Statesmen need to protect the rules and institutions which guarantee balance in society. Companies benefit from a “license to operate” from society. Statesmen understand the underlying conditions of the game, and the lines that cannot be crossed without jeopardizing their license to operate.


  • Bolster government

To play the game of business, companies need a fair set of rules and a referee. The rule of law is a basic condition for economic development. African fintech CEOs have been calling for regulatory actions to prevent fraud and facilitate the development of the industry. “Regulations have a huge role to play in ensuring the fintech industry becomes bigger and better,” said SimbaPay CEO Nyasinga Onyancha


  • Support smart regulation

Empowering governments is a first step, but corporate leaders also need to propose and support smart regulation to preserve social balance. A case in point is the financial industry, which is highly complex and interconnected. It shares many features with biological systems, where all actors benefit from the ecosystem. In such situations, actors that over-stretch the system by systematically maximizing only their private benefits may provoke collapse that is ultimately detrimental to their own interests.


  • Oppose injustice

When confronted with situations that are obviously unfair, the right response of the statesman is to take action. As Elie Wiesel put it, “We must take sides. Neutrality helps the oppressor, never the victim”.


  • Take the lead

The major issues of society are well-known. Sometimes even the solutions are obvious but political, social or economic conditions prevent those solutions from being implemented. Statesmen do not use this as an excuse and will instead take the lead and demonstrate that action is possible.


For instance, Google built a group of hackers called Project Zero, which aims at identifying and addressing digital threats with a focus on the software made by others. This is a tangible way for Google to show that it takes responsibility for the overall stability of the internet.


  • Shape and join horizontal coalitions with other companies

Leadership and exemplification are meant to trigger collective action. For businesses, the rationale for engaging with others is not just about maximizing impact. Acting together with other industry players is also a way to ensure that the conditions of competition remain fair and equivalent for all.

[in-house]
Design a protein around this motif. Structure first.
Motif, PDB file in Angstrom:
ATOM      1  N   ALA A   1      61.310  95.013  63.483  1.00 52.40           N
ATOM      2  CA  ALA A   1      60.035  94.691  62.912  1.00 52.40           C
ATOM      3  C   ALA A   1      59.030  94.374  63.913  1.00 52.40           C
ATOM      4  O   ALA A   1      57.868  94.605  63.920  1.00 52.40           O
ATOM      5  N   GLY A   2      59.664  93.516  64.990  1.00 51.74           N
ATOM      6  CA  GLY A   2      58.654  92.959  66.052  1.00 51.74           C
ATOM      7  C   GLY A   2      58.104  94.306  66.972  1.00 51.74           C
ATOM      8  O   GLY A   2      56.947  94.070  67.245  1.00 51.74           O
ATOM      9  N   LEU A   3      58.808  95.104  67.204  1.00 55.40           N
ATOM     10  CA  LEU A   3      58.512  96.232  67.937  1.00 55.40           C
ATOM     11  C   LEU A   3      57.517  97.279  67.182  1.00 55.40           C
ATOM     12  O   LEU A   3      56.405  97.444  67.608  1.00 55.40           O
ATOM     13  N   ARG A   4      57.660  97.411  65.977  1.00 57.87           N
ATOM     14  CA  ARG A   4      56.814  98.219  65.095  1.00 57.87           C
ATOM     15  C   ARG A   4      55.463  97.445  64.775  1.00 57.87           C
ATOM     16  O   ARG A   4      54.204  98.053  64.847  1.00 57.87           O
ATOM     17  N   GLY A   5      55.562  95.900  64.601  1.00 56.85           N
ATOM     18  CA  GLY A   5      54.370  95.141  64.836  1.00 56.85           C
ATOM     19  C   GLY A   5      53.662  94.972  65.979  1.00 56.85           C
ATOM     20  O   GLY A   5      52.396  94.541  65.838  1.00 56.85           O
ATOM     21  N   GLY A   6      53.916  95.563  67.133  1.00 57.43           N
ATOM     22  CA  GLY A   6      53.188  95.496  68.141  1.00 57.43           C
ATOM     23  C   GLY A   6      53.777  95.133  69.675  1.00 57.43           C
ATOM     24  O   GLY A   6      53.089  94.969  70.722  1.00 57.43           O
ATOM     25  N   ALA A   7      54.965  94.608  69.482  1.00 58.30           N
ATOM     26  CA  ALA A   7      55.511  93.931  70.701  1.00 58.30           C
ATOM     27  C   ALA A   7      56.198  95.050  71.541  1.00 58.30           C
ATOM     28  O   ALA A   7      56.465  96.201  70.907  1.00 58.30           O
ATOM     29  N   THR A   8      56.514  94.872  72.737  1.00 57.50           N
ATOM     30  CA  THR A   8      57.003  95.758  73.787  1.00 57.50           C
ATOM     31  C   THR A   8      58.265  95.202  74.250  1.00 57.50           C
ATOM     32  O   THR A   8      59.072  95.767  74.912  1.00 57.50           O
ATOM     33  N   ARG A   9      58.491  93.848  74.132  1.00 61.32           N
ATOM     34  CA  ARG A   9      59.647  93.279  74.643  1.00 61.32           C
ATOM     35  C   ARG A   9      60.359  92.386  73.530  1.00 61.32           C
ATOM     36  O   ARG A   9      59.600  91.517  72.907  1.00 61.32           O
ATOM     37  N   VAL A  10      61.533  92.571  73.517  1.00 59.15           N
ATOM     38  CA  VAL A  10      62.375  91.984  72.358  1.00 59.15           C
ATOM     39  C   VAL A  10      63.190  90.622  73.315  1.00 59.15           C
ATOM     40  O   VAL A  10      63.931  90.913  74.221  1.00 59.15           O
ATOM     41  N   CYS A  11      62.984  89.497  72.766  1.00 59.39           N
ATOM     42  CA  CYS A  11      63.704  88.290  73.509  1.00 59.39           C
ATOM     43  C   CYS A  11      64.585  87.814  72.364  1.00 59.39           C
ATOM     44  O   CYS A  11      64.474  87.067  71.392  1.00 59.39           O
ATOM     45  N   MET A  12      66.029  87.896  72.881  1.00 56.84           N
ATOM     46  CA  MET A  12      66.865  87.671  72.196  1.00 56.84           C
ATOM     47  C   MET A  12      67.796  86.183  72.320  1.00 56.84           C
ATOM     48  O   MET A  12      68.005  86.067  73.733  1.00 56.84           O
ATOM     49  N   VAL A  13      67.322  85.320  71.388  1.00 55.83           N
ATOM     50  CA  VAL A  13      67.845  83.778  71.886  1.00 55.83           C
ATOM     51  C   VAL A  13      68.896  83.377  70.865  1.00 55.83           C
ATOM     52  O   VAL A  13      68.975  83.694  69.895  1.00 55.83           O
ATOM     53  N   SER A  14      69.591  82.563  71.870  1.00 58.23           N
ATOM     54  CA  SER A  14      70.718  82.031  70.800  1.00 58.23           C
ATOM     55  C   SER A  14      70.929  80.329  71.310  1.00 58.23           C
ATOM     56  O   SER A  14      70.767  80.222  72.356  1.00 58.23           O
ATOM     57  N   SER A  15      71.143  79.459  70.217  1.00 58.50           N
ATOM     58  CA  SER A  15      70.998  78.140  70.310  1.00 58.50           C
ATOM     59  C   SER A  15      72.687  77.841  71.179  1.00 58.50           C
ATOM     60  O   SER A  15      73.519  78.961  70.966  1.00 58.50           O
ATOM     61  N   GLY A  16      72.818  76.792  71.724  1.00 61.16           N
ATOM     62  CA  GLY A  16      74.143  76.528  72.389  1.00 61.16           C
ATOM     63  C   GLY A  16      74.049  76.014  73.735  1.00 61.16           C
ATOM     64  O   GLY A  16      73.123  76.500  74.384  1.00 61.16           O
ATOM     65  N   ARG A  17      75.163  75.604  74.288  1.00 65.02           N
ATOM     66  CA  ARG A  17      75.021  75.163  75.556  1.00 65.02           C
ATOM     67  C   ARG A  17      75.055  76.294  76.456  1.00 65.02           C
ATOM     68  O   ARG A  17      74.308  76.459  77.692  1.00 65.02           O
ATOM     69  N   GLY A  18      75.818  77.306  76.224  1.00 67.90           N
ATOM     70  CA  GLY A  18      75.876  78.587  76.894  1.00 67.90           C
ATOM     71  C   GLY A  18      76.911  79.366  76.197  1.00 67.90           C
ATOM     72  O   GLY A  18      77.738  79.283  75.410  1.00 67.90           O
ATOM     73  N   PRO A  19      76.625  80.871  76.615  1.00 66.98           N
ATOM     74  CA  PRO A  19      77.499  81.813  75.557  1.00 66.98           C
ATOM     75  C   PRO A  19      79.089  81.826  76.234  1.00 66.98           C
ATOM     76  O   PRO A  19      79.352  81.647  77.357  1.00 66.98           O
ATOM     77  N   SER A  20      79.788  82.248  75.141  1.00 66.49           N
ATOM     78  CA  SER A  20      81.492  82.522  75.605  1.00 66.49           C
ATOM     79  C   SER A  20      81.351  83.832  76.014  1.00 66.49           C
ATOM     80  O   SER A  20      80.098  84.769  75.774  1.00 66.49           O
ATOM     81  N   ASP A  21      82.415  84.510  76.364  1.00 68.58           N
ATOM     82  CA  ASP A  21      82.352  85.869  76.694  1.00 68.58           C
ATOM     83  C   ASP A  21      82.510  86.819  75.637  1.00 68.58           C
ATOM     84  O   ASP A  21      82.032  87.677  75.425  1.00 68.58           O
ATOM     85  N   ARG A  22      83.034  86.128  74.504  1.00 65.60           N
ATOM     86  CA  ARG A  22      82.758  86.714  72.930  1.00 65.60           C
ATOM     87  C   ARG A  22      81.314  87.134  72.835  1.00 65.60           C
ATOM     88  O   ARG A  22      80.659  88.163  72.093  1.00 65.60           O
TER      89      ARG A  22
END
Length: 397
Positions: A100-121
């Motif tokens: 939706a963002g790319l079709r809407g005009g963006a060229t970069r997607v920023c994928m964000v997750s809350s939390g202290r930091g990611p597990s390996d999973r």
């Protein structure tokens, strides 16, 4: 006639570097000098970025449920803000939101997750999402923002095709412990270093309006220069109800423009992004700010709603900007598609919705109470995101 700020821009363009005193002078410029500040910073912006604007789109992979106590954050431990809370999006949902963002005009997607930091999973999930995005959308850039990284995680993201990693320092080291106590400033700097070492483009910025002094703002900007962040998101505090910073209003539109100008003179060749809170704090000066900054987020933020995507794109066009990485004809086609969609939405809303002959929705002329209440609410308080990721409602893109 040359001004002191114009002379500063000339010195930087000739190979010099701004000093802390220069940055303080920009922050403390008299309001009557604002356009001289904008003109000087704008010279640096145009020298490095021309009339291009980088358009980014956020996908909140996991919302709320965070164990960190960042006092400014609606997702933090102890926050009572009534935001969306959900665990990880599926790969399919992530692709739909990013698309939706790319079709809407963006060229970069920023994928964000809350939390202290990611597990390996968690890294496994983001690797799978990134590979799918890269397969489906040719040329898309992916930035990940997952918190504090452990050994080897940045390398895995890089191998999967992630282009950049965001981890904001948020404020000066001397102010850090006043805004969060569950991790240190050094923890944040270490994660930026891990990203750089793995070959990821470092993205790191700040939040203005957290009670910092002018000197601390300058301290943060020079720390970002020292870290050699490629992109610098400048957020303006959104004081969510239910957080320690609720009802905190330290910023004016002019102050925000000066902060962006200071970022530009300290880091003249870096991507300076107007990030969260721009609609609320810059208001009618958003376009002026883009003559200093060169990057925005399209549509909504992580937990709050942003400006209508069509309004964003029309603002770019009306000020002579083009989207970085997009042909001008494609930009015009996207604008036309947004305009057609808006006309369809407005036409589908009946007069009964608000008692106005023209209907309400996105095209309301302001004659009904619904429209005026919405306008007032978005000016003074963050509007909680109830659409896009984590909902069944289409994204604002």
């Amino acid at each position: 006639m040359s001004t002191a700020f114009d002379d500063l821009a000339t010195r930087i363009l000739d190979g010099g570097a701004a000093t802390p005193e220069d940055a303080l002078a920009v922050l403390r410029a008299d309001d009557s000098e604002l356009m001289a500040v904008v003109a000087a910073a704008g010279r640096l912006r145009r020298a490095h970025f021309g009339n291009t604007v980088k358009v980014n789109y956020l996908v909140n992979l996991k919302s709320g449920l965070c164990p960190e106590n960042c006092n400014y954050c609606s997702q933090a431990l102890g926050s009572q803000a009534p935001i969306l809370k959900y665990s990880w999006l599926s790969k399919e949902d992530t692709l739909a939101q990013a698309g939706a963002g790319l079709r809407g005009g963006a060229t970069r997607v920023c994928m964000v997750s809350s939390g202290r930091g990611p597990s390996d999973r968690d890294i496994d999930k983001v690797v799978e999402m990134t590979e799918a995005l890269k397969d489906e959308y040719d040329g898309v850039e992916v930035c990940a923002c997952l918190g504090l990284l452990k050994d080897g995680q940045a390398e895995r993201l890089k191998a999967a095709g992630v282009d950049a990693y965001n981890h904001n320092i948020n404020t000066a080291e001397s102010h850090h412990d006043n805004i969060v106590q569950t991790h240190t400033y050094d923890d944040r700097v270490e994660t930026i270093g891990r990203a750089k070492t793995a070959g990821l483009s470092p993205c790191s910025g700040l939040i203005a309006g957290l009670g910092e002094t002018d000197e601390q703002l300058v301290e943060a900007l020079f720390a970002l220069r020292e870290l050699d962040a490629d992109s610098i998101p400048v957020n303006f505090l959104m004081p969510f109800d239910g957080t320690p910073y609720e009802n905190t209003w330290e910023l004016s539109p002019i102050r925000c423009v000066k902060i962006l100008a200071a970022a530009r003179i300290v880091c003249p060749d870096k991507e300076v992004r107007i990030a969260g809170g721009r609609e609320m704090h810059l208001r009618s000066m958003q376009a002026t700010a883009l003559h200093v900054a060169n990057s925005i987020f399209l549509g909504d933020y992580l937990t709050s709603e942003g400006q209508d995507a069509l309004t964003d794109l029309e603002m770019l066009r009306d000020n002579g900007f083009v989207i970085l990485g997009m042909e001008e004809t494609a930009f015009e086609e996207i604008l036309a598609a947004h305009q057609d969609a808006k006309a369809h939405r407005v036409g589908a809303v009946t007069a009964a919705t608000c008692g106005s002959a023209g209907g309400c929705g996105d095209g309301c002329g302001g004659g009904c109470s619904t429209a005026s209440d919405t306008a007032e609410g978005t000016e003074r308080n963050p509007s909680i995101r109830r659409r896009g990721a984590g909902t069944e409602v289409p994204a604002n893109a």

In a particularly striking example, 400+ companies including Microsoft, Adidas and Sony have committed to being climate neutral, i.e. to minimize their greenhouse gases emissions, and compensate for unavoidable emissions.


  • Shape coalitions with investors

CEOs have a direct responsibility toward their shareholders. This is often used as an argument for business leaders to remain within the strict limits of their assumed mandates, and thereby focus on the maximization of TSR (Total Shareholder Return). However, there are now many examples of investors pressuring leaders to take a stand on global issues such as climate change, human rights and inequality. Growing evidence that corporations which tackle such challenges perform well, and new tools such as the Arabesque S-Ray that empower investors to systematically assess corporate performances on ESG issues, mean that the case for corporate statesmanship can increasingly be made with investors interested in long term value generation.

  • Build narratives

It is often impossible for even informed citizens to know all of the facts, which are in any case often disputed, especially in the case of controversial social issues. People understand reality individually and collectively through stories. Statesmen exert influence and shape minds through narratives. CEOs need to explain why they believe what they believe and advocate for it by building understandable and compelling narratives, which not only stand up to scrutiny but which can create alignment and support.



Martin Reeves is senior partner in BCG’s New York office and director of the BCG Henderson Institute. Georg Kell is Chairman of Arabesque, an ESG Quant investment firm and founder and former head of the UN Global Compact. Fabien Hassan is an ambassador to the BCG Henderson Institute.